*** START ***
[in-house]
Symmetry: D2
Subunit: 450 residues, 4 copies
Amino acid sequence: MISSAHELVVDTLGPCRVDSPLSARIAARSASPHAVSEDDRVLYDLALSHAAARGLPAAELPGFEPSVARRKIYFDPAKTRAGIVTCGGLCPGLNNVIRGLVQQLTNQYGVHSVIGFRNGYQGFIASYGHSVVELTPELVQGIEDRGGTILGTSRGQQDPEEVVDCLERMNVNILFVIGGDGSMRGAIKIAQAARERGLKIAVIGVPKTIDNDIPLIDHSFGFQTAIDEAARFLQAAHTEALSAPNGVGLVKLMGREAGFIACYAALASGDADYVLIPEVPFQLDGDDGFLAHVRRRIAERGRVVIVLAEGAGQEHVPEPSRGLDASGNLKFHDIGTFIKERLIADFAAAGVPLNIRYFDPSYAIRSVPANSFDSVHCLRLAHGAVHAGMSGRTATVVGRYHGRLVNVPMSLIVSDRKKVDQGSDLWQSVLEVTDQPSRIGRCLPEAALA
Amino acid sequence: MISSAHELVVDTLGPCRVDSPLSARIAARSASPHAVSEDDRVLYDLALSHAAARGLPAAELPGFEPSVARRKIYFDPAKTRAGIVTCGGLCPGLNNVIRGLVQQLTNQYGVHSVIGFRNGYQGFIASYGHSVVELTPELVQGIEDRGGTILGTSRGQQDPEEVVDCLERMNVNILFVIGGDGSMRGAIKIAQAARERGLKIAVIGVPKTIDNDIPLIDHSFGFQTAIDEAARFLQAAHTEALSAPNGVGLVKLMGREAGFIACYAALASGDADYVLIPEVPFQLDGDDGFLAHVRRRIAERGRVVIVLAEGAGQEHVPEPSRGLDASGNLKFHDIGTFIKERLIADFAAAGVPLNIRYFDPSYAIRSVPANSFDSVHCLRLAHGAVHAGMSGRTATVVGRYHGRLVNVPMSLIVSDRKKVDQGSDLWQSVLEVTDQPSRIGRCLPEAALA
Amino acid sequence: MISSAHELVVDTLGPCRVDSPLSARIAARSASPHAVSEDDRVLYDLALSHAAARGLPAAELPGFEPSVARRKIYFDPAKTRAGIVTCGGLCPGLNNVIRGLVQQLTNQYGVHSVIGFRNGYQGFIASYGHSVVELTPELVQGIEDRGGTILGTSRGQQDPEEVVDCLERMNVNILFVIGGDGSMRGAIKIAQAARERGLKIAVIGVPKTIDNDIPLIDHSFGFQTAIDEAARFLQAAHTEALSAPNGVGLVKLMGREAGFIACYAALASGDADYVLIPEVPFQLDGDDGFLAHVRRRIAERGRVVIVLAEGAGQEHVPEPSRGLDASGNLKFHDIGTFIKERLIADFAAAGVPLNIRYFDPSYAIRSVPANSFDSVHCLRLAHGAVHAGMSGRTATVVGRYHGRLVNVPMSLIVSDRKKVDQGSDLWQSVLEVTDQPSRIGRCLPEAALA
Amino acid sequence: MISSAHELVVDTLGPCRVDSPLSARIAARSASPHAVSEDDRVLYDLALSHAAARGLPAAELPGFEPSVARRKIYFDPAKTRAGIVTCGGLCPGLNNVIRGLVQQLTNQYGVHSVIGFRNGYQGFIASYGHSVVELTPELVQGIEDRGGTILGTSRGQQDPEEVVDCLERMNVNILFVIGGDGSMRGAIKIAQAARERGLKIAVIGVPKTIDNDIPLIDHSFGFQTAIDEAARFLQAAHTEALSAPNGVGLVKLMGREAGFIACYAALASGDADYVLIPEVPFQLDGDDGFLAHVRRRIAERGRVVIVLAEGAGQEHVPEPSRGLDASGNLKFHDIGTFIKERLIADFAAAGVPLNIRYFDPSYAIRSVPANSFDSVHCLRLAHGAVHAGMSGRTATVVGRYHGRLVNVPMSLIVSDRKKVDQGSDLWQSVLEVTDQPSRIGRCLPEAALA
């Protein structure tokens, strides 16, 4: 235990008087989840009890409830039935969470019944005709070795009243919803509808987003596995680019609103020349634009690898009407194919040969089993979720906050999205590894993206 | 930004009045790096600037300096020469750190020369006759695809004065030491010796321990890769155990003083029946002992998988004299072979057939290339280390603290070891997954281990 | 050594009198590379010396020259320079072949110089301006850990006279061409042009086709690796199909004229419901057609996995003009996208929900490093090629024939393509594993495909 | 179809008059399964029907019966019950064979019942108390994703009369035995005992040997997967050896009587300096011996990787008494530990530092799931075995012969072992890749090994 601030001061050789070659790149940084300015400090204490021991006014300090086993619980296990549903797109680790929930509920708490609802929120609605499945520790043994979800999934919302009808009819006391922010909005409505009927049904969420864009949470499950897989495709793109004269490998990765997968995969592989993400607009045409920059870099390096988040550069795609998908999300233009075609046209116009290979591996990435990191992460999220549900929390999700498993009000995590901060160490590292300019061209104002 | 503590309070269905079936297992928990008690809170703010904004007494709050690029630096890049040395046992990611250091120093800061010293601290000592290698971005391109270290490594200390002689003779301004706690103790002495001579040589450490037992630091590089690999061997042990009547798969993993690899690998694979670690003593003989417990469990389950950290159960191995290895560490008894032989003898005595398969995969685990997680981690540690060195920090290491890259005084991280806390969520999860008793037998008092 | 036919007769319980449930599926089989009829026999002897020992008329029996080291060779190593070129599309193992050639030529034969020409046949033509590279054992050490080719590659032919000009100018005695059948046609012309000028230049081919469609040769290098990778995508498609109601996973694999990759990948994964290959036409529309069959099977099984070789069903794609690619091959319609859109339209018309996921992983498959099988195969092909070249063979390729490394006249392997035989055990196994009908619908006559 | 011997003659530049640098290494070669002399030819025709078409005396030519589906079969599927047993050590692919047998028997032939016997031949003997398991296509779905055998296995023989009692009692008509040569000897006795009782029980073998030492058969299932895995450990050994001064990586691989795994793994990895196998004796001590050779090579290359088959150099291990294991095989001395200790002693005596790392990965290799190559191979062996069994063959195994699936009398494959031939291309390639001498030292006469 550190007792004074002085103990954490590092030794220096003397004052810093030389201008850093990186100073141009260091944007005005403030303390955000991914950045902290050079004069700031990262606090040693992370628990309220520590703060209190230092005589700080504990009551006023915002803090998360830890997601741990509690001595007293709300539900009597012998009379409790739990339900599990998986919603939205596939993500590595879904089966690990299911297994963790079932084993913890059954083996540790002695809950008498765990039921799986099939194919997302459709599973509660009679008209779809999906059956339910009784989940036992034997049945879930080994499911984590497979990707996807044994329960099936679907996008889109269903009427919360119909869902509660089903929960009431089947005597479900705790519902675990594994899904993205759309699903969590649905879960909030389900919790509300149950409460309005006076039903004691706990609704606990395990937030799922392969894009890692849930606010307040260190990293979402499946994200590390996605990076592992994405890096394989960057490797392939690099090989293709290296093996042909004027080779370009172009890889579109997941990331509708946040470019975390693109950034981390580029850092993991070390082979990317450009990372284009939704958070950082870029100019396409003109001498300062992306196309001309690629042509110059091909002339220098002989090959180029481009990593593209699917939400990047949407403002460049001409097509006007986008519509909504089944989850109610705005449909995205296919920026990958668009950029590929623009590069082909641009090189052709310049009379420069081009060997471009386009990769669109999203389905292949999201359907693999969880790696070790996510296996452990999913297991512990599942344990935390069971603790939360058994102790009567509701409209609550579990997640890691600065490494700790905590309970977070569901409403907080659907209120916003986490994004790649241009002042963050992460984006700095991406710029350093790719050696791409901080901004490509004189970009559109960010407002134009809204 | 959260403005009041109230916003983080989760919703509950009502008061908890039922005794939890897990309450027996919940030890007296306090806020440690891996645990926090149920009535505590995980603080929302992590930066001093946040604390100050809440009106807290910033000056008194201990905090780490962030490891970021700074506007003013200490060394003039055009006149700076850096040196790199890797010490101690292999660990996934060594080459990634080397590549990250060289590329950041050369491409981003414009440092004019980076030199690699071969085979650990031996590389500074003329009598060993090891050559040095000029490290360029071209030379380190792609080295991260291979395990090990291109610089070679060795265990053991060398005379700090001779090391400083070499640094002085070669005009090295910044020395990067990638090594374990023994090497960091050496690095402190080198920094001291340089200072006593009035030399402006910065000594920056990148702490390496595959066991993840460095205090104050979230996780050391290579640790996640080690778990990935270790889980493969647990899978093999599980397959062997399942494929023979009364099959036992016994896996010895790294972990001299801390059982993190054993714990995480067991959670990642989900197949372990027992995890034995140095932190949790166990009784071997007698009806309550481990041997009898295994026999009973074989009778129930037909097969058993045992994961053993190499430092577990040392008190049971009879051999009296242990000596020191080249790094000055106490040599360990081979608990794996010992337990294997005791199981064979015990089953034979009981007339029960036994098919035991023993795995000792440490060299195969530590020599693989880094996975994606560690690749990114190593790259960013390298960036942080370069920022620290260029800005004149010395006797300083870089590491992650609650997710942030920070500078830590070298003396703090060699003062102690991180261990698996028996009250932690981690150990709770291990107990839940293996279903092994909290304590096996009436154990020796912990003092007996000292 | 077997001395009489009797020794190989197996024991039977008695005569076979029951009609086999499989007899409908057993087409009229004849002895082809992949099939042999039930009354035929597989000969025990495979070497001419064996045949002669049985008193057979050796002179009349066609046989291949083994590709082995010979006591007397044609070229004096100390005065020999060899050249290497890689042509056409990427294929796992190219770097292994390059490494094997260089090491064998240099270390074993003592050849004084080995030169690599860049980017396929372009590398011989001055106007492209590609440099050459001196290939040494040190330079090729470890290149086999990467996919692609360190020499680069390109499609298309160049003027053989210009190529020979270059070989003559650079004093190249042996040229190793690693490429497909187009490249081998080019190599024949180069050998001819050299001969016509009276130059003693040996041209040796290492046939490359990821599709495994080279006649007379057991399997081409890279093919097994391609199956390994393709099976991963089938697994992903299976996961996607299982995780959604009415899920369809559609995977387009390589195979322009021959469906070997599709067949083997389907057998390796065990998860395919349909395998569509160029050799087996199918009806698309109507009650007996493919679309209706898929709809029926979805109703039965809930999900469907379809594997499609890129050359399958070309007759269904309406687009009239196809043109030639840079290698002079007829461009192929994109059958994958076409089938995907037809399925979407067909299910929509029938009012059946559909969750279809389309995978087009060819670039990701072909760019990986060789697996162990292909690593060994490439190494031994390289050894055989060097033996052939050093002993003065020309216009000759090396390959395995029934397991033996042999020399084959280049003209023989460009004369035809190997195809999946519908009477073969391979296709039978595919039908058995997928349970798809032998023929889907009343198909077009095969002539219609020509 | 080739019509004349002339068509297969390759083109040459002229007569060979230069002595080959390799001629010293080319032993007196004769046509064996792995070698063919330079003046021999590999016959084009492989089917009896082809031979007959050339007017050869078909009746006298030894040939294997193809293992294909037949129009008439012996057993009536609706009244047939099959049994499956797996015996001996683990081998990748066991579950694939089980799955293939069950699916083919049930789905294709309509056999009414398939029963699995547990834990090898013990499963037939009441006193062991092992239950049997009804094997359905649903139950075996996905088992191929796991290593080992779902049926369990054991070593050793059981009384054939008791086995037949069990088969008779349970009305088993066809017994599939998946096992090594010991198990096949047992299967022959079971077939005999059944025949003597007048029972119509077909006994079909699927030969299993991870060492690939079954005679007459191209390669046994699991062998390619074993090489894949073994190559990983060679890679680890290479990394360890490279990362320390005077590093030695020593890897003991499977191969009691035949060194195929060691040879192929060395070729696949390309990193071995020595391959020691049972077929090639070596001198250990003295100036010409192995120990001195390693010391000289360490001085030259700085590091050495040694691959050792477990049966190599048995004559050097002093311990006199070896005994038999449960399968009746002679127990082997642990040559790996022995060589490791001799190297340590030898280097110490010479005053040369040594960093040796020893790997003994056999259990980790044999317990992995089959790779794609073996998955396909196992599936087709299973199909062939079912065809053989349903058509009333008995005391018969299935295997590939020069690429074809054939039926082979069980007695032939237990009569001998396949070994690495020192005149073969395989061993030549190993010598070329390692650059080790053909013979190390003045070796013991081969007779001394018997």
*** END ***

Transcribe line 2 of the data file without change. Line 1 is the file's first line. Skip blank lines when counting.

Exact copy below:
Symmetry: D2